Papplewick Hall, Nottinghamshire
Completed in the 1780s for the Hon. Frederick Montague, Pappelwick Hall is now a Grade I listed country. Probably designed by William Lindley of Doncaster, the house has the elegant simplicity, without severity, of the best Georgian design.
The exterior is nearly cubic, with a partially rusticated basement and ionic pilasters embracing the upper floors. The interiors have plaster work in the Adam style and sculpted panels by Flaxman. The most dramatic feature is the curving stone cantilevered staircase in the entrance hall.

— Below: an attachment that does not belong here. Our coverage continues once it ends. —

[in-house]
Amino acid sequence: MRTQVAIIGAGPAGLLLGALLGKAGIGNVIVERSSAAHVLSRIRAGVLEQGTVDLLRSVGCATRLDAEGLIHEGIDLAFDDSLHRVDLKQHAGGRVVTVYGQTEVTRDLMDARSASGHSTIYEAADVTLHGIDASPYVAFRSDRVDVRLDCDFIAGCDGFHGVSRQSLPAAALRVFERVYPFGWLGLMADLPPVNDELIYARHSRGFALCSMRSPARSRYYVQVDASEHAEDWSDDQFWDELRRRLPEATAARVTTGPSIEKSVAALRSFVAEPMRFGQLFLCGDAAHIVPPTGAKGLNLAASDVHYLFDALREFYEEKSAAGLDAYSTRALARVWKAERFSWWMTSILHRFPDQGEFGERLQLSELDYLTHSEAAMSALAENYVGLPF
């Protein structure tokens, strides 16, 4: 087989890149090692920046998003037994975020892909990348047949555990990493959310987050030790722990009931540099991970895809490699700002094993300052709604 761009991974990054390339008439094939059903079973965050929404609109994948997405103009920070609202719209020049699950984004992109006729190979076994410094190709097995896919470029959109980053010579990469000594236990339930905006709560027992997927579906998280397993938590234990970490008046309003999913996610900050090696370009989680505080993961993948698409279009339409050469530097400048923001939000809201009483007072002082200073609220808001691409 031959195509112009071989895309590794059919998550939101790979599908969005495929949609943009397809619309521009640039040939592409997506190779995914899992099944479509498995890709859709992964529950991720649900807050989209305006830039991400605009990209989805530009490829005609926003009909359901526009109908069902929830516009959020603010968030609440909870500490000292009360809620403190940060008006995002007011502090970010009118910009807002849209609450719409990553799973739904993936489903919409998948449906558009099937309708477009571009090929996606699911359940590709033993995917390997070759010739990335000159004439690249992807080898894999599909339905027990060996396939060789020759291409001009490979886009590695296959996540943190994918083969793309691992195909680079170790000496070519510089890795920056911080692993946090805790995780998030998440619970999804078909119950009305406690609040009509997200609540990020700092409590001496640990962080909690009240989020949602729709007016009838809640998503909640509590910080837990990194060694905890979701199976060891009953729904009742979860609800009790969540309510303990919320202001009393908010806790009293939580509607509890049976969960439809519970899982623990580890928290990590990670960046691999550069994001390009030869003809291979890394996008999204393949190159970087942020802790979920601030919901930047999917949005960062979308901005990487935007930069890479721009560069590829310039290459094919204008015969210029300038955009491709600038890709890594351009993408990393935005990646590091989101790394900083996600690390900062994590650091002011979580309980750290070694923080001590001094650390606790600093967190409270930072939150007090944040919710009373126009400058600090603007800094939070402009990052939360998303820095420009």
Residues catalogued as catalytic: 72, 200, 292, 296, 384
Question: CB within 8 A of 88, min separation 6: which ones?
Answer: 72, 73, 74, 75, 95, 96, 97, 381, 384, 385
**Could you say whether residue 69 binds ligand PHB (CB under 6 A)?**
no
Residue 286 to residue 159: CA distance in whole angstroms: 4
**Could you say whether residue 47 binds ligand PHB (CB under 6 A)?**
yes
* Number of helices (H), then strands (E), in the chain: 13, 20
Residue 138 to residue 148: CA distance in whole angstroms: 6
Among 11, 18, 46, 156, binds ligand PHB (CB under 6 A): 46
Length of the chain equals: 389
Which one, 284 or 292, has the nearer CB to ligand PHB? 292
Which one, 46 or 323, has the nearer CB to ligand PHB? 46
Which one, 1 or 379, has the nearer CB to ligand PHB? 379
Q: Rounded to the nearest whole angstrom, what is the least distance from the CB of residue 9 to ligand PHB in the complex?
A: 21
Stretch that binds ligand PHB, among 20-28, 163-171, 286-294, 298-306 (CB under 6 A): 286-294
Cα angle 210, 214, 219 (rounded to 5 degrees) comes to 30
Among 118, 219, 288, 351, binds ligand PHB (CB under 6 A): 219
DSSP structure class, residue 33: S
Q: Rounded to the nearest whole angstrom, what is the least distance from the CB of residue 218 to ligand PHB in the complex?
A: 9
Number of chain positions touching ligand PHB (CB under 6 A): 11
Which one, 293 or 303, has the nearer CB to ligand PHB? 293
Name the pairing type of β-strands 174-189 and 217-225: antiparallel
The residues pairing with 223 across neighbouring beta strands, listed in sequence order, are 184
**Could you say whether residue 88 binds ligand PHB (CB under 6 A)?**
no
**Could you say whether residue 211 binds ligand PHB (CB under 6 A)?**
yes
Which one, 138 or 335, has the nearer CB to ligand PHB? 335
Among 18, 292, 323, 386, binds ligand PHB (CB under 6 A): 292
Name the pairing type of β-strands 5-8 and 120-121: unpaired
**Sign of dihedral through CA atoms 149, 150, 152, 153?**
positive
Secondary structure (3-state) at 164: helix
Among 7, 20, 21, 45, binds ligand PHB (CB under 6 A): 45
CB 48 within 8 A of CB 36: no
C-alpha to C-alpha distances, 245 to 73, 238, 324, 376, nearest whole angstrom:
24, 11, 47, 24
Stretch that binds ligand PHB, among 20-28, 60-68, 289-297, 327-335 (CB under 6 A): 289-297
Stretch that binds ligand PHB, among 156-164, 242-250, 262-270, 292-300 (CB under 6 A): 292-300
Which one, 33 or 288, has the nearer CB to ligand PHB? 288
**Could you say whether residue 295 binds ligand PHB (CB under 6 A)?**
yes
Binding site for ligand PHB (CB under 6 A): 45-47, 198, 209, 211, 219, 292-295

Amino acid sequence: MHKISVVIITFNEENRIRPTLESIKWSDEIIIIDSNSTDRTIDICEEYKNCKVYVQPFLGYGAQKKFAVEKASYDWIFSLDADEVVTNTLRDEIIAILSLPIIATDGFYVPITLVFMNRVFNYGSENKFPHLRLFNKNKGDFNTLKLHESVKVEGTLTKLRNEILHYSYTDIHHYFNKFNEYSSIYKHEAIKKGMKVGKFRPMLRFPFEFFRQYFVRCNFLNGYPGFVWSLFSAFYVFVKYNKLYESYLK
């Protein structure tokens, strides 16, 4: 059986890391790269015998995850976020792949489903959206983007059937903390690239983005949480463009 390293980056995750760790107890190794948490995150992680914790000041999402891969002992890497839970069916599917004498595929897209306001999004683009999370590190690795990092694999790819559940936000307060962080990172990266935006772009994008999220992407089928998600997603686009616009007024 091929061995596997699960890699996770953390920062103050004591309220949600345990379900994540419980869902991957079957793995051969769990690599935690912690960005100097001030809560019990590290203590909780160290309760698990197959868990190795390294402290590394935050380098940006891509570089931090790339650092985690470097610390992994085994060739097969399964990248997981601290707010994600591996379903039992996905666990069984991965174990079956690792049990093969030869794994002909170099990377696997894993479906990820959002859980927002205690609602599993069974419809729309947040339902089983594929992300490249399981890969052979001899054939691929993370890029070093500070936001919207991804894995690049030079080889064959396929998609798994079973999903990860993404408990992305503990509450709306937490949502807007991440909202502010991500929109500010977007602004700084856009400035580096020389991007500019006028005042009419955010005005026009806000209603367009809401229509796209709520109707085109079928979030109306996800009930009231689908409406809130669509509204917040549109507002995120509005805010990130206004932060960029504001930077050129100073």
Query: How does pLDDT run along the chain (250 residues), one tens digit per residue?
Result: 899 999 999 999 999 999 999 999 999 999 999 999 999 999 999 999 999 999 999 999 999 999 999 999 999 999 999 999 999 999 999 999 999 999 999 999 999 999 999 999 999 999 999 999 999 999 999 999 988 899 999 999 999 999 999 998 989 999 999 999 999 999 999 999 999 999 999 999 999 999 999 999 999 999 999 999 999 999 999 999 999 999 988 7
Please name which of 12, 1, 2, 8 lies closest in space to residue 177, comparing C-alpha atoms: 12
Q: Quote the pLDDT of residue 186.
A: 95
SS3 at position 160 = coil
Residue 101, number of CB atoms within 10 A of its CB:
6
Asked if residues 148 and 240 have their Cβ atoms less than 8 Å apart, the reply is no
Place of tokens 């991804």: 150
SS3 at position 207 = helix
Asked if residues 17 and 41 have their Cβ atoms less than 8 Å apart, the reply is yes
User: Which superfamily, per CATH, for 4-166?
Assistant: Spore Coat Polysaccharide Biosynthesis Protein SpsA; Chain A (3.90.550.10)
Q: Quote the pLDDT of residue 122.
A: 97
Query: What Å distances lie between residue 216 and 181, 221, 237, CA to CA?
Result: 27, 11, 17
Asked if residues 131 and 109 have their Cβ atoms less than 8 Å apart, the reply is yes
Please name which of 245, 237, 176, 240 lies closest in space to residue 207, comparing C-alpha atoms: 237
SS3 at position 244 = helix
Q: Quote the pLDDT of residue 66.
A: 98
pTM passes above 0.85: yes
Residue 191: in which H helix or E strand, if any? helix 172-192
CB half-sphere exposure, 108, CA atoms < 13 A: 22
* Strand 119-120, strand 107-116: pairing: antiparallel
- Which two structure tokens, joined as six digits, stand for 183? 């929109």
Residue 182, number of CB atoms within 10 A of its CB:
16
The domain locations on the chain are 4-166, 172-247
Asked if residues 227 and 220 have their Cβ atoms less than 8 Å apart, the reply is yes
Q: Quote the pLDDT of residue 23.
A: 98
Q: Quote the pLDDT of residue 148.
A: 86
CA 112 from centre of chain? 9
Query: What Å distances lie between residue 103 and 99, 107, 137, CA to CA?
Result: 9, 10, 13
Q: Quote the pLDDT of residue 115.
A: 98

Frederick Montague never married and died childless in 1800. The house passed to his niece Catherine Judith Fountayn, who also never married, who lived there until her death in 1822. The house then passed to an Andrew Montagu and was inherited by his nephew James Fountayne Montagu. James developed the estate as a stud farm but the business failed, due to the First World War, and the estate was bought by Alderman Albert Ball, a famous Mayor of Nottingham and father of flying ace Captain Albert Ball.
The estate lands are now divided, but the hall remains in private ownership.